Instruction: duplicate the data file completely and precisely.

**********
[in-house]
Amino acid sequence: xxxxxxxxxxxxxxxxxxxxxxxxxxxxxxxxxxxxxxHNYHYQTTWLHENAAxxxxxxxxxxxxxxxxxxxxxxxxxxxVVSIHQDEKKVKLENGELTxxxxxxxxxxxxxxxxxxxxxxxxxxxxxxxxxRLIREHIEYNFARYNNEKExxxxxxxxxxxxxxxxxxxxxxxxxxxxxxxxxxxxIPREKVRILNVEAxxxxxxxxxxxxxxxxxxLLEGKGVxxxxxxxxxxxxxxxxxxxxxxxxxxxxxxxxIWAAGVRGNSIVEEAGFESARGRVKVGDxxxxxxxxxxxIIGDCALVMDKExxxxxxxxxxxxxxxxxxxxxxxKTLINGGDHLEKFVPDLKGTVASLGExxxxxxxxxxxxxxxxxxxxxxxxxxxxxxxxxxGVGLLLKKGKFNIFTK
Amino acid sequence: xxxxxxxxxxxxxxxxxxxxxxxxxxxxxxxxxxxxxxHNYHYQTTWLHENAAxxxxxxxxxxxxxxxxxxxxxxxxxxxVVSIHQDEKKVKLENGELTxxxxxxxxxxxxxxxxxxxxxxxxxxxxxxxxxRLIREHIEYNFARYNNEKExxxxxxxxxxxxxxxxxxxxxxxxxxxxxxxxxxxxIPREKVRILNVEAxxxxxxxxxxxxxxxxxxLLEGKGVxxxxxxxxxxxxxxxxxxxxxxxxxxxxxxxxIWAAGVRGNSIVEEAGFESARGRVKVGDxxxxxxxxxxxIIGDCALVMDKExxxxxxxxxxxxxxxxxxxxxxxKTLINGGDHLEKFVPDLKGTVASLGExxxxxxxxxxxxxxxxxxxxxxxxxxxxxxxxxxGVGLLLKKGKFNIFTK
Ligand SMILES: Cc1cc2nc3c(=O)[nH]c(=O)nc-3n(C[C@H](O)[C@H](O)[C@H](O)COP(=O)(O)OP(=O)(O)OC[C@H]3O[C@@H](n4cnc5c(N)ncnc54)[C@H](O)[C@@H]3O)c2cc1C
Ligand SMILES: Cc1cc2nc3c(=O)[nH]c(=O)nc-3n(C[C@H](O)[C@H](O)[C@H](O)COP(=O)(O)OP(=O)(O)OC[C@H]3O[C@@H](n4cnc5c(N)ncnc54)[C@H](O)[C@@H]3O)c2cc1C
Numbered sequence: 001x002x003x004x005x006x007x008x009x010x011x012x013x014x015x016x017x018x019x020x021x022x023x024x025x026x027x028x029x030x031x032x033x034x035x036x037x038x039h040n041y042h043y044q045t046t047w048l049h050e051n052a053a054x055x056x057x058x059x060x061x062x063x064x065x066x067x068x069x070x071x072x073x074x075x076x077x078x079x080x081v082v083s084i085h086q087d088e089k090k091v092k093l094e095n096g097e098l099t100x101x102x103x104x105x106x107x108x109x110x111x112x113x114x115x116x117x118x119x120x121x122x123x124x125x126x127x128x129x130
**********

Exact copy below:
[in-house]
Amino acid sequence: xxxxxxxxxxxxxxxxxxxxxxxxxxxxxxxxxxxxxxHNYHYQTTWLHENAAxxxxxxxxxxxxxxxxxxxxxxxxxxxVVSIHQDEKKVKLENGELTxxxxxxxxxxxxxxxxxxxxxxxxxxxxxxxxxRLIREHIEYNFARYNNEKExxxxxxxxxxxxxxxxxxxxxxxxxxxxxxxxxxxxIPREKVRILNVEAxxxxxxxxxxxxxxxxxxLLEGKGVxxxxxxxxxxxxxxxxxxxxxxxxxxxxxxxxIWAAGVRGNSIVEEAGFESARGRVKVGDxxxxxxxxxxxIIGDCALVMDKExxxxxxxxxxxxxxxxxxxxxxxKTLINGGDHLEKFVPDLKGTVASLGExxxxxxxxxxxxxxxxxxxxxxxxxxxxxxxxxxGVGLLLKKGKFNIFTK
Amino acid sequence: xxxxxxxxxxxxxxxxxxxxxxxxxxxxxxxxxxxxxxHNYHYQTTWLHENAAxxxxxxxxxxxxxxxxxxxxxxxxxxxVVSIHQDEKKVKLENGELTxxxxxxxxxxxxxxxxxxxxxxxxxxxxxxxxxRLIREHIEYNFARYNNEKExxxxxxxxxxxxxxxxxxxxxxxxxxxxxxxxxxxxIPREKVRILNVEAxxxxxxxxxxxxxxxxxxLLEGKGVxxxxxxxxxxxxxxxxxxxxxxxxxxxxxxxxIWAAGVRGNSIVEEAGFESARGRVKVGDxxxxxxxxxxxIIGDCALVMDKExxxxxxxxxxxxxxxxxxxxxxxKTLINGGDHLEKFVPDLKGTVASLGExxxxxxxxxxxxxxxxxxxxxxxxxxxxxxxxxxGVGLLLKKGKFNIFTK
Ligand SMILES: Cc1cc2nc3c(=O)[nH]c(=O)nc-3n(C[C@H](O)[C@H](O)[C@H](O)COP(=O)(O)OP(=O)(O)OC[C@H]3O[C@@H](n4cnc5c(N)ncnc54)[C@H](O)[C@@H]3O)c2cc1C
Ligand SMILES: Cc1cc2nc3c(=O)[nH]c(=O)nc-3n(C[C@H](O)[C@H](O)[C@H](O)COP(=O)(O)OP(=O)(O)OC[C@H]3O[C@@H](n4cnc5c(N)ncnc54)[C@H](O)[C@@H]3O)c2cc1C
Numbered sequence: 001x002x003x004x005x006x007x008x009x010x011x012x013x014x015x016x017x018x019x020x021x022x023x024x025x026x027x028x029x030x031x032x033x034x035x036x037x038x039h040n041y042h043y044q045t046t047w048l049h050e051n052a053a054x055x056x057x058x059x060x061x062x063x064x065x066x067x068x069x070x071x072x073x074x075x076x077x078x079x080x081v082v083s084i085h086q087d088e089k090k091v092k093l094e095n096g097e098l099t100x101x102x103x104x105x106x107x108x109x110x111x112x113x114x115x116x117x118x119x120x121x122x123x124x125x126x127x128x129x130